Morogoro authority plans to eliminate land conflicts

02Aug 2016
James Kandoya
The Guardian
Morogoro authority plans to eliminate land conflicts

Tanzania is now opting to implement land use tenure supporting programme (LTSP) to end land disputes between herdsmen and farmers in different parts of the country.

Dr Kebwe Steven Kebwe

The programme was established by G-8 countries to exercise transparency in land use issues to end up conflicts that have resulted into deaths, injuries and loss of properties when happened.

Having been established on the 16th February this year under the sponsorship of the United Kingdom (UK), Denmark and Sweden, the programme is being implemented in three districts namely-Ifakara, Ulanga and Malinyi all of Morogoro Region. The Tanzanian land use planning commission coordinates the programme.

Swagile Msonanga, a team leader- in the land tenure regularisation, LTSP said that the project would first deal with land use at district level and later on move down to the village level.

However, currently Kilosa and Mvomero districts also of Morogoro Region have been cited as the ring leaders in land disputes between farmers and herders out of all districts across the country, causing deaths, injuries and loss of properties.

According to the latest study that was conducted by the Ministry of Lands, Housing and Human Settlements Development, land disputes between herdsmen were occurring because there was no proper plan for land use between the two conflicting sides.

According to the team leader, the project had also focused to review policies and laws related to ownership of land in villages.

“The main focus of the programme is to increase transparency in land use issue to reduce land conflicts occurring in different places and to improve revenue collection from surveyed plots,” he said.

The team leaders further disclosed that to implement it, all village land will be surveyed and upon completion all villagers will be issued with certificates right of customary occupancy.

He said with issuance of land of customary right of occupancy certificates, villagers are enabled to use collateral offered to them to seek for loan from financial institutions.

According to team leaders, the programme will also review land policy and land laws including review the ownership of all big farms within villages.

Furthermore, he said after land use planning at district level is over the next step will be to all villages including awareness of land laws to the villagers. It will be introduced in other districts country-wide when it has registered remarkable success in the pilot districts.

For his part, ULANGA Towns and Villages planning officer, Samora Makoi said apart from that, the LTSP will help to expand the scope of investments in agriculture, tourism and other related sectors in the region.

Makoi made the remarks recently in the stakeholder meeting to discuss the district land use frame work (2016-2036) that involved officials from the government and politicians and other land stakeholders held recently in Ulanga District, Morogoro Region.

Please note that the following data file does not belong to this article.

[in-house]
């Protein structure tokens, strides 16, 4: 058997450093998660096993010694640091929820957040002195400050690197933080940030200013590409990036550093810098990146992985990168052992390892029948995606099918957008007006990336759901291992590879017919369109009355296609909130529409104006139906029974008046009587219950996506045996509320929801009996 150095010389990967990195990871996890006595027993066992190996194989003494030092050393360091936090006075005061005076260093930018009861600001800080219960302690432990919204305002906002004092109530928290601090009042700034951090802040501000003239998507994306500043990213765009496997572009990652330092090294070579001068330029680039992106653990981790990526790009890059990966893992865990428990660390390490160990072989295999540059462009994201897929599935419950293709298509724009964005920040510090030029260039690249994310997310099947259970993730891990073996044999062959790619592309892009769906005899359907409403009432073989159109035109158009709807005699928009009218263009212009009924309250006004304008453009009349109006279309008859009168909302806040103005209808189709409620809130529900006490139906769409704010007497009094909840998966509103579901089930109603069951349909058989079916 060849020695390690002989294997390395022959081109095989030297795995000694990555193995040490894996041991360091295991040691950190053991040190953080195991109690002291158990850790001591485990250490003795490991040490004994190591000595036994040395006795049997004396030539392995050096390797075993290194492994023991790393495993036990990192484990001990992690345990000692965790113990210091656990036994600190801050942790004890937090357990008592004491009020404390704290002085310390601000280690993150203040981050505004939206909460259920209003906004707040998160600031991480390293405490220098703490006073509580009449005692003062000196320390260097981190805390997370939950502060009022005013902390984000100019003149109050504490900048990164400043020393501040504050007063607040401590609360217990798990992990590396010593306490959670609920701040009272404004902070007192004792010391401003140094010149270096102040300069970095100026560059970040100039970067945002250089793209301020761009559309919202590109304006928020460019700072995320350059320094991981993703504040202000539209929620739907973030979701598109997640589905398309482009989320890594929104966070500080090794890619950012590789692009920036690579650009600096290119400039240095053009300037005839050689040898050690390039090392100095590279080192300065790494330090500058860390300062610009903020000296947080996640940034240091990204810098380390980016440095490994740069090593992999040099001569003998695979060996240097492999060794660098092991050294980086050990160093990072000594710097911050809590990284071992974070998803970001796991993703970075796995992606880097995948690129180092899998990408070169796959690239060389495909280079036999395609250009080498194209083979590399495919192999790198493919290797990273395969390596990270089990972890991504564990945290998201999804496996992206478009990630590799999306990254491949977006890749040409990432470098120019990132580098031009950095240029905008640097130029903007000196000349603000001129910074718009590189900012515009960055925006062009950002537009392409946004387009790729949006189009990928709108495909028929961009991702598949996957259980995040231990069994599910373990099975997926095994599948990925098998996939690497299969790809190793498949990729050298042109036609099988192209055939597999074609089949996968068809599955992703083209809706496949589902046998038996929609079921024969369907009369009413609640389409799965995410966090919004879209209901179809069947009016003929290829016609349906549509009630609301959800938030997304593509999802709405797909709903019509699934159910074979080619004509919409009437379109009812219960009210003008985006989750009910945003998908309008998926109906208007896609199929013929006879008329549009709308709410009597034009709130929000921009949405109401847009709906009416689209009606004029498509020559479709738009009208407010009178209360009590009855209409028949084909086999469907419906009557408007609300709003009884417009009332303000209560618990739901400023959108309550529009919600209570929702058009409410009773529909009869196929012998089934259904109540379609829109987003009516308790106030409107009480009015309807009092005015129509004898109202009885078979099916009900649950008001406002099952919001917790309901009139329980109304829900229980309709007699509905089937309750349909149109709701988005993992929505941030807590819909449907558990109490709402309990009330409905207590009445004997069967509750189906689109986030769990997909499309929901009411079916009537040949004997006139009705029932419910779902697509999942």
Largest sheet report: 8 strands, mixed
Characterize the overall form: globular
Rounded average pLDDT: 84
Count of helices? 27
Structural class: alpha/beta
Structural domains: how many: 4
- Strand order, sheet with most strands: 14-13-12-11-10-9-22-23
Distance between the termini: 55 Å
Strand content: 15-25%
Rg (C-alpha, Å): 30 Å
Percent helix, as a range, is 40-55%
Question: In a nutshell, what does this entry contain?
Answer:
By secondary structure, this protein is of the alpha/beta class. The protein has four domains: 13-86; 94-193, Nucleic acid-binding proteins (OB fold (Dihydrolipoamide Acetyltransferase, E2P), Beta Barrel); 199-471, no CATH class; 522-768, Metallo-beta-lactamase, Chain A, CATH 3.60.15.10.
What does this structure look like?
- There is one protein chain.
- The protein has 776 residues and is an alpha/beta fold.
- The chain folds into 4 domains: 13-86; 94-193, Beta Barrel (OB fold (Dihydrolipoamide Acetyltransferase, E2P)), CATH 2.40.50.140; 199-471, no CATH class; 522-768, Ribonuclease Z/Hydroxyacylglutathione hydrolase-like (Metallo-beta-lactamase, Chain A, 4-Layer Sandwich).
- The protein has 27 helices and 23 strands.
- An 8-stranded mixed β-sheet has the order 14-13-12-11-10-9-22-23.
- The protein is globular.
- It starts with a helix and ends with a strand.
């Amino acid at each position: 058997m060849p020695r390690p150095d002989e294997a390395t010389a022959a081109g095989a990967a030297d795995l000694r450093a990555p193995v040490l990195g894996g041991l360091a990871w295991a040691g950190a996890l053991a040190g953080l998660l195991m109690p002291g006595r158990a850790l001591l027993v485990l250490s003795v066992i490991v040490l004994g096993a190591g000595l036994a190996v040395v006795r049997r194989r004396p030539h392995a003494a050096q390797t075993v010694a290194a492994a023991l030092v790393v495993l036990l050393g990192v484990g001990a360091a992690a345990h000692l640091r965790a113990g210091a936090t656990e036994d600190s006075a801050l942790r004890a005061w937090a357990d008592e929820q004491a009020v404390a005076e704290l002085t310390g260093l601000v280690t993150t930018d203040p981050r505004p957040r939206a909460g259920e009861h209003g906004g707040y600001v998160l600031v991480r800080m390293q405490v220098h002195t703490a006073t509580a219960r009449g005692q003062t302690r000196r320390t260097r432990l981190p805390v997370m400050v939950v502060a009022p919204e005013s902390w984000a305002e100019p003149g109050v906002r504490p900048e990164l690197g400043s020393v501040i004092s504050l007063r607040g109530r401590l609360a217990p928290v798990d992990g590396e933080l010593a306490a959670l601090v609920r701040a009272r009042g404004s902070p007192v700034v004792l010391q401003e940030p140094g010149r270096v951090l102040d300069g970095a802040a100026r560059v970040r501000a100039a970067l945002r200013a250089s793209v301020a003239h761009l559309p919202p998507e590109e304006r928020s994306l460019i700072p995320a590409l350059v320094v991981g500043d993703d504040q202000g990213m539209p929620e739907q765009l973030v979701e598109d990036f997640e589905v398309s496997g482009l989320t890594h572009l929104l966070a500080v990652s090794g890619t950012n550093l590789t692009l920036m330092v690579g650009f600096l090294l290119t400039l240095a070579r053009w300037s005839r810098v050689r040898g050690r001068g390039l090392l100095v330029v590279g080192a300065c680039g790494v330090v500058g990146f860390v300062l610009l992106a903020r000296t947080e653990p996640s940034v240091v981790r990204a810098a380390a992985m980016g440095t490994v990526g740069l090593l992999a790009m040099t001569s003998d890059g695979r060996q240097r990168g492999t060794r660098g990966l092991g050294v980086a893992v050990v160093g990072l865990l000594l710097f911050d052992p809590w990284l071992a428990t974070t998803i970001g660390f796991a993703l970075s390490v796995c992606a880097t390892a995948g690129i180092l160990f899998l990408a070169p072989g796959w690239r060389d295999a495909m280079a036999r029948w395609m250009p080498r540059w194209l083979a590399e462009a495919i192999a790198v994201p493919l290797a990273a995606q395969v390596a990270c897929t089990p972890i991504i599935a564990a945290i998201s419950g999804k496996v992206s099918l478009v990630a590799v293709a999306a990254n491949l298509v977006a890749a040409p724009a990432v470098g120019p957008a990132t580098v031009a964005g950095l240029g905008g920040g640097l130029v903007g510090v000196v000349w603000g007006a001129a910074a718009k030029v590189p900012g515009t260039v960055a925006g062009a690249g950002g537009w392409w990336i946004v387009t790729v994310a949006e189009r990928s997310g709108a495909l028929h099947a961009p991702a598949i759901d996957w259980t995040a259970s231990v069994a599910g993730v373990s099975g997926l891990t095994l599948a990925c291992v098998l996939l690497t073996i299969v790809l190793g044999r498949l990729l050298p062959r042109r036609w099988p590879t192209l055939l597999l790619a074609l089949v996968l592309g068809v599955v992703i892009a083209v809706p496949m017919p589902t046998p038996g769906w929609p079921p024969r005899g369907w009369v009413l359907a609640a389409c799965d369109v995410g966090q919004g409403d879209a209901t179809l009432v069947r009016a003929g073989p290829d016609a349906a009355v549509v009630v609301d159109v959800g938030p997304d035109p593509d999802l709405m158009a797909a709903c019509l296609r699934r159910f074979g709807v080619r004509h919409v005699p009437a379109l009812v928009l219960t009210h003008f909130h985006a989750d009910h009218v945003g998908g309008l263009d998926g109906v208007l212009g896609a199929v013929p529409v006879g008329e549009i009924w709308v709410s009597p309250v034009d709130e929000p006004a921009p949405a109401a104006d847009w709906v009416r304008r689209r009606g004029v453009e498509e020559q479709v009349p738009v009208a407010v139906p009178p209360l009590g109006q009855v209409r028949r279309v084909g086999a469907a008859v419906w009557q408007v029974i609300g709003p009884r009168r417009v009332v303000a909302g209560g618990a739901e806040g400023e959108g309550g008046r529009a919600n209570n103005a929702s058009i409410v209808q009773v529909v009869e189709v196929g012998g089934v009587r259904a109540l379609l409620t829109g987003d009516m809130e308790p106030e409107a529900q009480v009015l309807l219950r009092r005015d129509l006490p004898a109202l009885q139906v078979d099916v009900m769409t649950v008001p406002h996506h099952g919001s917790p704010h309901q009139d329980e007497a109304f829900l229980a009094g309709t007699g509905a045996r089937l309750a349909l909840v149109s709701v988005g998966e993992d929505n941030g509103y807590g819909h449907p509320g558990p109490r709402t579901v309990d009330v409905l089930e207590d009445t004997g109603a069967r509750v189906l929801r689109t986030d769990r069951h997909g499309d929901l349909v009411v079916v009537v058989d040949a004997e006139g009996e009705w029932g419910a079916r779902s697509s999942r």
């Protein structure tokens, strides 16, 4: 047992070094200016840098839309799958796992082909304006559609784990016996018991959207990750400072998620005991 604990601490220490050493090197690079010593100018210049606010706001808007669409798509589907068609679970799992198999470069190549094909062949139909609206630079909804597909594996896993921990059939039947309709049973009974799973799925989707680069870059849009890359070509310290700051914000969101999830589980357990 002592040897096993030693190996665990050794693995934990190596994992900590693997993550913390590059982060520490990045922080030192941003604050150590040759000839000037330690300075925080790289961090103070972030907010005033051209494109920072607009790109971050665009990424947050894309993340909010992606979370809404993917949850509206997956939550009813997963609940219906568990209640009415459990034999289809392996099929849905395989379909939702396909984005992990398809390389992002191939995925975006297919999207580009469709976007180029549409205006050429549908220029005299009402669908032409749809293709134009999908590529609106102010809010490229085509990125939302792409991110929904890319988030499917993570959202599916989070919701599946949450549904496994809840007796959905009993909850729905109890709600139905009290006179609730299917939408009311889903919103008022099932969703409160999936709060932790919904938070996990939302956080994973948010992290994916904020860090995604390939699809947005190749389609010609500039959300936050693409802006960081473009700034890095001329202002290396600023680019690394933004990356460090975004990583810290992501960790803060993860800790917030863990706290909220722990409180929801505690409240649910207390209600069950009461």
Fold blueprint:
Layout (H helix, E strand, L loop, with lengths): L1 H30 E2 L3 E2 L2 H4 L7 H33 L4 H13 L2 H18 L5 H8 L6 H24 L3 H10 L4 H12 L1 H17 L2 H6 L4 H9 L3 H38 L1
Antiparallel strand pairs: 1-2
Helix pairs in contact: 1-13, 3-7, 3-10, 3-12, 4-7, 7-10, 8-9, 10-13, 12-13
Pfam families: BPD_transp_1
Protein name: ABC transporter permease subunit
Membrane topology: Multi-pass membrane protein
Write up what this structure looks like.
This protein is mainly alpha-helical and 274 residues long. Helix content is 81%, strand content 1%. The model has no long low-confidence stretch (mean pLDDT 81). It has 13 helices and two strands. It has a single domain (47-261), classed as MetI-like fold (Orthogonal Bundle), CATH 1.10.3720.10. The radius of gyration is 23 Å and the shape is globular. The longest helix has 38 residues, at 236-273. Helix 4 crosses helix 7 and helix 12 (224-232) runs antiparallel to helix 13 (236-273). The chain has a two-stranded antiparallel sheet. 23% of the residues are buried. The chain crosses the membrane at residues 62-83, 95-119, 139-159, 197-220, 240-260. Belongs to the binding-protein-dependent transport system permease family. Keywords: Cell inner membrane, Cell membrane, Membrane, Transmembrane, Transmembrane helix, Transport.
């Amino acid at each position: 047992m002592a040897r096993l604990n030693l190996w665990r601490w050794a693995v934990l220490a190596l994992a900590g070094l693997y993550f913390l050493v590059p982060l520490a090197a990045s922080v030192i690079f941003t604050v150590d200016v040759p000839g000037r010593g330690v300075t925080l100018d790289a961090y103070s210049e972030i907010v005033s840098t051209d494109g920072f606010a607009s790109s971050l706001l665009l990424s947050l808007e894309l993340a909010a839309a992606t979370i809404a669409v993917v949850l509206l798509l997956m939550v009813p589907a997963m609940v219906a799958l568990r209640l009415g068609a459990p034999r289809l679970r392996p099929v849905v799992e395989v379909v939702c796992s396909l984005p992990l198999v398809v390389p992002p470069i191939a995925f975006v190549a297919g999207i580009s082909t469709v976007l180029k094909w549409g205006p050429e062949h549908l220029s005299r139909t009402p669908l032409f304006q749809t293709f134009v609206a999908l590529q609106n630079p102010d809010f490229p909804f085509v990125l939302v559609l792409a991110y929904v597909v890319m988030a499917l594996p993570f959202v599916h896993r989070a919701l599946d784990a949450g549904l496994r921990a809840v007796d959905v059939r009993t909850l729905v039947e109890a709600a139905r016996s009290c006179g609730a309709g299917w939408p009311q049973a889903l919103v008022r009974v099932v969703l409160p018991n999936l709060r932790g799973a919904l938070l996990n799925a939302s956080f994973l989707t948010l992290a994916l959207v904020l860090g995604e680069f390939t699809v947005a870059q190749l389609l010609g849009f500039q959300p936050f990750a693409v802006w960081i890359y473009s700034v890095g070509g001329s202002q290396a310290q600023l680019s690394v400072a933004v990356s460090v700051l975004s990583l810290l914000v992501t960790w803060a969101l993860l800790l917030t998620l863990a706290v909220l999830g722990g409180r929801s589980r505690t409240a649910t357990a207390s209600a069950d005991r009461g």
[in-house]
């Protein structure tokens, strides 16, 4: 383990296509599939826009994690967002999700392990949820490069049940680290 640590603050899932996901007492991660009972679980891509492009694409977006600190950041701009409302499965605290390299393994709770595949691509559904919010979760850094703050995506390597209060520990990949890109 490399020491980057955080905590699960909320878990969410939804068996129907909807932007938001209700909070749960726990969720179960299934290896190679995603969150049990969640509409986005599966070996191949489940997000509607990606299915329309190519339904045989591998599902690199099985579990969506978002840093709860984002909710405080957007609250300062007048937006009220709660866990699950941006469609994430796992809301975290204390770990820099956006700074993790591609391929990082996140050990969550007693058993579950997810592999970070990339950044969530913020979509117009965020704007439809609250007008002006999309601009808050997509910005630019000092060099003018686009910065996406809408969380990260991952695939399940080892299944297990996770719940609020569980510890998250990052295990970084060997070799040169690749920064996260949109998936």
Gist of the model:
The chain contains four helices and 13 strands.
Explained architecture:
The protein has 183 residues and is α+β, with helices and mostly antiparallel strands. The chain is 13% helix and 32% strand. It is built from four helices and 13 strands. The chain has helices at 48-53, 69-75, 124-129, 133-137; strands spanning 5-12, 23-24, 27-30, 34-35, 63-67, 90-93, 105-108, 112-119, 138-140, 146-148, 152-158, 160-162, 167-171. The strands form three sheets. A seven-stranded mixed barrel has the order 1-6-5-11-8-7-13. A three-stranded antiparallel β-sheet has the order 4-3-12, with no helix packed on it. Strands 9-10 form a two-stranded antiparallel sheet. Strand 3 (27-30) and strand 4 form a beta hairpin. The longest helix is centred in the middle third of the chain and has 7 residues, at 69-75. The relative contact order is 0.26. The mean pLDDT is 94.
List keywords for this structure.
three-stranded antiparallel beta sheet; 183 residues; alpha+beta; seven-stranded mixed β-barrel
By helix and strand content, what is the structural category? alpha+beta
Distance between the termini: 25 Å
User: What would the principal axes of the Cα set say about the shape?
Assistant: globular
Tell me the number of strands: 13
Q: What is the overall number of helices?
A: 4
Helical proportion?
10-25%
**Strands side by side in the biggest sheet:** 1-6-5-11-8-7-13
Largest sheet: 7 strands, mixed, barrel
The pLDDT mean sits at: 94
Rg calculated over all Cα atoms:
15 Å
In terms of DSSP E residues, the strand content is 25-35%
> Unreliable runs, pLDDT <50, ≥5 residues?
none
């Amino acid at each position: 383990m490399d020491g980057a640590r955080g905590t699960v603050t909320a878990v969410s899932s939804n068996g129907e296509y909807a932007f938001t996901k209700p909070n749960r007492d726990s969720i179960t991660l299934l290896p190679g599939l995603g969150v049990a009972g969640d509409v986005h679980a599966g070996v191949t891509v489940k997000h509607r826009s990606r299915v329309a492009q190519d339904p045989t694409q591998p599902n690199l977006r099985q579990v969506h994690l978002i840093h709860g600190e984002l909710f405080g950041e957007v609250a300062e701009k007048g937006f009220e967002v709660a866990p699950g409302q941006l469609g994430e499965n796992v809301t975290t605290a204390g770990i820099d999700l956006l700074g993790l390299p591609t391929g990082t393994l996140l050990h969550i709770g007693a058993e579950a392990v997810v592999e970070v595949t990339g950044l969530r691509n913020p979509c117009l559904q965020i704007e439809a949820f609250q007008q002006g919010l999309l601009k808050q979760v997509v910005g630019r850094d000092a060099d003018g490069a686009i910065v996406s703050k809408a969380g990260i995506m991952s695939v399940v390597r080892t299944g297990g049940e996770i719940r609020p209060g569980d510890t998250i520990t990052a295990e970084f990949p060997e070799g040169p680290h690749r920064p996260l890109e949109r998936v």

He said the programme had identified opportunities and challenges on how to use and protect land resources, adding that it had already prepared an action plan to solve all challenges facing some societies.

“Since the implementation of the programme involves different sectors it will be used as a tool to supervise the use of land as well as protecting land reserve set aside specifically for agriculture, wild animals and forests,” he said.

It was anticipated that LTSP would be a cure to all existing land disputes in the district which have caused deaths, injuries and loss of properties for farmers and herdsmen.

In his presentation, Makoi described that Ulanga district was facing a number of challenges including lack of enough personnel, equipments and shortage of fund to conduct land survey, the situation slacken development.

According to the officer, LTSP will to great extent facilitate the issuance of customary certificates of right of occupancy to the villagers once their land had been surveyed, something that will make them be in the position of seeking loans from financial institutions.

The Morogoro Regional Commissioner Dr Kebwe Steven Kebwe urged the councils to use satellite imaging to speed up land surveying exercise. Kebwe said this when opening the stakeholders meeting to discuss the district land use frame work (2016-2036) in Ifakara District.

Dr Kebwe told the participants to the meeting that it was the right time to adopt and utilise the modern technology so as to speed up land survey. “When the exercise is completed, it will reduce land disputes in both districts,” he noted.

A one-day workshop on ‘Land use and Planning attracted ward councilors, directors and other officials within the councils and the general consensus was that land survey will reduce the existing unending land disputes in some districts in the region.

According to Kebwe, the use of the modern technology would increase transparency in the land issue. “Unless there is transparency and good land policies, land disputes will continue to exist in our districts,” he warned.

The Regional Commissioner summed up with emphasis that land use planning is the only solution to end land disputes between farmers and herders.

Mlimba Ward Councilor, Farida Madenyu said the programme would to a great extent reduce land disputes in the district. She said that the villagers will now be able to own land and use it as collateral when seeking loans from financial institutions.